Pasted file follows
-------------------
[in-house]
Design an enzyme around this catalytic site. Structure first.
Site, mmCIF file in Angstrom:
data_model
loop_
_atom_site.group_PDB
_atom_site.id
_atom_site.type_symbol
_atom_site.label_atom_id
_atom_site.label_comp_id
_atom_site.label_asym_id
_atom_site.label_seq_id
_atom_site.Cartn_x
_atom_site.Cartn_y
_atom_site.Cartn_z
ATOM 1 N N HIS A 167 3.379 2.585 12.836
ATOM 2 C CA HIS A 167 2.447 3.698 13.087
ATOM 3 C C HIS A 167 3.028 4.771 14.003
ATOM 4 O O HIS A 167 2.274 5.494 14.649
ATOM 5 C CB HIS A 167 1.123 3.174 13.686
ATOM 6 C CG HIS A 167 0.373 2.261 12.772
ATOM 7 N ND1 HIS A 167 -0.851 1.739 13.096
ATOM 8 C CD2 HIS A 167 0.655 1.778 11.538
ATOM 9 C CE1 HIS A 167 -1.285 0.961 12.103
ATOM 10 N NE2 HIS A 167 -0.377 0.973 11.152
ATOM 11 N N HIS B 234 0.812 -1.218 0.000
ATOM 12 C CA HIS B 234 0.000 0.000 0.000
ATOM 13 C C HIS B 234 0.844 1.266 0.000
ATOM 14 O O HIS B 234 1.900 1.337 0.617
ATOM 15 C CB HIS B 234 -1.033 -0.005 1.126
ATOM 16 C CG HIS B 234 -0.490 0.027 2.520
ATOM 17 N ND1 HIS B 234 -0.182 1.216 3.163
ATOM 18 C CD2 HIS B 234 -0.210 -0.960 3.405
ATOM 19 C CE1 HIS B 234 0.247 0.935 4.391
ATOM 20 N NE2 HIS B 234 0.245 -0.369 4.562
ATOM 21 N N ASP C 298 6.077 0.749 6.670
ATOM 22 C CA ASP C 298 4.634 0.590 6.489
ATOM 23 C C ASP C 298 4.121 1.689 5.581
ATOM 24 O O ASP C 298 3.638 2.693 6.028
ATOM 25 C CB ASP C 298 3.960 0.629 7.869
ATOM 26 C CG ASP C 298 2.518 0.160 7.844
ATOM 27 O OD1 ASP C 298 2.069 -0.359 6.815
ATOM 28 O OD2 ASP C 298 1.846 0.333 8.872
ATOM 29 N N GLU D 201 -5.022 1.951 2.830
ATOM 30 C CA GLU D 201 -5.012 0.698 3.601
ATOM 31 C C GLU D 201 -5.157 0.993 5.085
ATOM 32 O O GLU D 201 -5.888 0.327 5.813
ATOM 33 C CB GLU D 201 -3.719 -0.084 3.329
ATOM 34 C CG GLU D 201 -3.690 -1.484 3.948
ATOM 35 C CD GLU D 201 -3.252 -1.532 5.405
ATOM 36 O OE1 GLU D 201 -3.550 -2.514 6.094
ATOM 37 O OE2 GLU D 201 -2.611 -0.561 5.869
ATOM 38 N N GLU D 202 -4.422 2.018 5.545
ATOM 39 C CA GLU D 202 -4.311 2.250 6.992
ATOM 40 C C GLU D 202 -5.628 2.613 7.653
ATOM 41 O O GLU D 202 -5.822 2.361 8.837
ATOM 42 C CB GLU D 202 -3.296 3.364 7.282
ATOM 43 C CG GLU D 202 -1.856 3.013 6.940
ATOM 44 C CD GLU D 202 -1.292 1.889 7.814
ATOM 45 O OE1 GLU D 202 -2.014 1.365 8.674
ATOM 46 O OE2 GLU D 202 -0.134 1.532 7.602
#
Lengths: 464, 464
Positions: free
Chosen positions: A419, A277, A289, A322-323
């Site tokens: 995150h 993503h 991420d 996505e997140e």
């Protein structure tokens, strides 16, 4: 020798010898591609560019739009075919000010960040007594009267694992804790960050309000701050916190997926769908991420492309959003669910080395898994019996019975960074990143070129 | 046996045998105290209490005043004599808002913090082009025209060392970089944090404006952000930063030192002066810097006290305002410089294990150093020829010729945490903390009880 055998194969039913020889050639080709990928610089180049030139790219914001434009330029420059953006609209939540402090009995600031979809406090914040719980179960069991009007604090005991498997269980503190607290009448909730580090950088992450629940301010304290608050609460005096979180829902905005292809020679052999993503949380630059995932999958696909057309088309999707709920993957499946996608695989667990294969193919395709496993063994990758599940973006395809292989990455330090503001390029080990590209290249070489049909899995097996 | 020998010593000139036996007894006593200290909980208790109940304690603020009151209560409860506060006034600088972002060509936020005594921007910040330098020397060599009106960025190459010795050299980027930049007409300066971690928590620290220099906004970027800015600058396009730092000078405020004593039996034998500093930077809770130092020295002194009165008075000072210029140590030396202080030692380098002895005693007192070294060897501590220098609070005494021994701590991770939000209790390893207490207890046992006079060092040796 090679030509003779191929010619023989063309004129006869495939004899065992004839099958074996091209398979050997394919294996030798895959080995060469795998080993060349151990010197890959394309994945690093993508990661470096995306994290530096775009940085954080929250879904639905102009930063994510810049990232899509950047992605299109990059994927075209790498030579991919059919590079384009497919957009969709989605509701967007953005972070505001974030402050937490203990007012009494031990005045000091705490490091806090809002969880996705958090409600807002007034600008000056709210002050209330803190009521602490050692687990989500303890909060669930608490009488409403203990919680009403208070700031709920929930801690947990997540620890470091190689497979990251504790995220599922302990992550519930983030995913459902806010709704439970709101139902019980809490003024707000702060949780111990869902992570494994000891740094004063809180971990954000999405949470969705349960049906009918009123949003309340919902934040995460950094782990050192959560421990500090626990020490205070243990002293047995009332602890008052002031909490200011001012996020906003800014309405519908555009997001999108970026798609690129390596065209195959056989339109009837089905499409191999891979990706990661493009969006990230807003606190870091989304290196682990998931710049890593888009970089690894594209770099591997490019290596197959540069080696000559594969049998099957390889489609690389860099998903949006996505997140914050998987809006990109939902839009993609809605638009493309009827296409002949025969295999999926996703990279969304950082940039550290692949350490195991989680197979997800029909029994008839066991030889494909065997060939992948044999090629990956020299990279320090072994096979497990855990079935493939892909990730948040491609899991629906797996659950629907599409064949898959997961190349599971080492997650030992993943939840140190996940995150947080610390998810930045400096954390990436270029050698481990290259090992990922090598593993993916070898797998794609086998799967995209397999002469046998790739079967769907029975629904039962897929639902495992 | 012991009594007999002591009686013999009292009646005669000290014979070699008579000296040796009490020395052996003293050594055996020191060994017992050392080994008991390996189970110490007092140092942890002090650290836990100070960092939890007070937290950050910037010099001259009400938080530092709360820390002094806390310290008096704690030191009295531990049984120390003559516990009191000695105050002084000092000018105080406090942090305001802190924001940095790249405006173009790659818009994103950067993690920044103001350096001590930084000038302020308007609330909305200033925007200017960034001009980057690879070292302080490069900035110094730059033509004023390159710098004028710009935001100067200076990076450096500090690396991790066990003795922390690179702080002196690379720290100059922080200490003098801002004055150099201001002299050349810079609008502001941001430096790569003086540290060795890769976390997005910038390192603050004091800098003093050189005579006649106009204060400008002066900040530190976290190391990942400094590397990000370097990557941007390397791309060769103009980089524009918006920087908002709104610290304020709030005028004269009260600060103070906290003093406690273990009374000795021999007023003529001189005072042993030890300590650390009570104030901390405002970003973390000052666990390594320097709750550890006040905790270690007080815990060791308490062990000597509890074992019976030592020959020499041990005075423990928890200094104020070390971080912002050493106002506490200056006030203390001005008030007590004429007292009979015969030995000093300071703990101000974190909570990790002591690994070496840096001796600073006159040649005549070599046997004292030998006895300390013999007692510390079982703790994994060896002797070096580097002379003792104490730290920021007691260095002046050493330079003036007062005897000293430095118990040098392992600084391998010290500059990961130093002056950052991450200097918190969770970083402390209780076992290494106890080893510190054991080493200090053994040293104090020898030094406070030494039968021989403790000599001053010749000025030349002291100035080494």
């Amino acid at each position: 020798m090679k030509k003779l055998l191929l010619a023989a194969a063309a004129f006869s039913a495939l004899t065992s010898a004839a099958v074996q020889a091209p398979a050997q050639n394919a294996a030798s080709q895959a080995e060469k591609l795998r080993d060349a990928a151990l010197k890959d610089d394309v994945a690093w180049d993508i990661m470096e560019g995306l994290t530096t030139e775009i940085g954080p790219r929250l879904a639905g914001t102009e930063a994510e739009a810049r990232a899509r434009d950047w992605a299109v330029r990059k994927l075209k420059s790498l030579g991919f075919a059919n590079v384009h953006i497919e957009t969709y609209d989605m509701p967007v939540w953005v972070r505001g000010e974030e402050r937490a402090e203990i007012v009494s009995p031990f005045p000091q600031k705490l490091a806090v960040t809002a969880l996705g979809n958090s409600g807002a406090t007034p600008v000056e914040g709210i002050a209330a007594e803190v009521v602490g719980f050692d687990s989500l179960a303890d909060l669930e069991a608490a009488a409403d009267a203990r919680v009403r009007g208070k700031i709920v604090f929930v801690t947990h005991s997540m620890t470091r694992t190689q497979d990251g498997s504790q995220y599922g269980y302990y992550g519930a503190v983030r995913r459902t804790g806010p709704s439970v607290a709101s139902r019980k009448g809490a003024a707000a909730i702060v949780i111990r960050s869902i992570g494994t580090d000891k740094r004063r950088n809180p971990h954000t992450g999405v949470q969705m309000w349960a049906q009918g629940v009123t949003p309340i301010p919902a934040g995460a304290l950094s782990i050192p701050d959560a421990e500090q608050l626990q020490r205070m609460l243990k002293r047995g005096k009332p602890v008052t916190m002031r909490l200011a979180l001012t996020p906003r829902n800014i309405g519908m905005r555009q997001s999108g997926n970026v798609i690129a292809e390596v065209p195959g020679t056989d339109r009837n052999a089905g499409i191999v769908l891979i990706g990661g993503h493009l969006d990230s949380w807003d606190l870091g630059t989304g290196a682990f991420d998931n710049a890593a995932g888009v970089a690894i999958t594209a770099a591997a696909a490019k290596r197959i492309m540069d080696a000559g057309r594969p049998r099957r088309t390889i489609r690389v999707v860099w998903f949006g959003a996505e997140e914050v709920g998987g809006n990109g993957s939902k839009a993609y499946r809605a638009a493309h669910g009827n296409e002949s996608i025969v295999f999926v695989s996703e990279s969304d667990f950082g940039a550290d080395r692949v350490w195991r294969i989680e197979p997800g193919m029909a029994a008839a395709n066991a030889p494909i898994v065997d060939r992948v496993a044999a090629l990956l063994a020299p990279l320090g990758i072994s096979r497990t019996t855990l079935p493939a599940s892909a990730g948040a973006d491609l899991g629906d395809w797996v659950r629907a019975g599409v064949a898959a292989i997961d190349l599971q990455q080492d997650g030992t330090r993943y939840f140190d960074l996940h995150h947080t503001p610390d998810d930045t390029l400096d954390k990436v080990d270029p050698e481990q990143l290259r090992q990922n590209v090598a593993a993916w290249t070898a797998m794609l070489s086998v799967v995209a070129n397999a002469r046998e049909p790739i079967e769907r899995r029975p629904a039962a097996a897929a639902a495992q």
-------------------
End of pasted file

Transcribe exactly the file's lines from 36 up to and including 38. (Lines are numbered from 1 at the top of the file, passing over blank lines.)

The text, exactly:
ATOM 21 N N ASP C 298 6.077 0.749 6.670
ATOM 22 C CA ASP C 298 4.634 0.590 6.489
ATOM 23 C C ASP C 298 4.121 1.689 5.581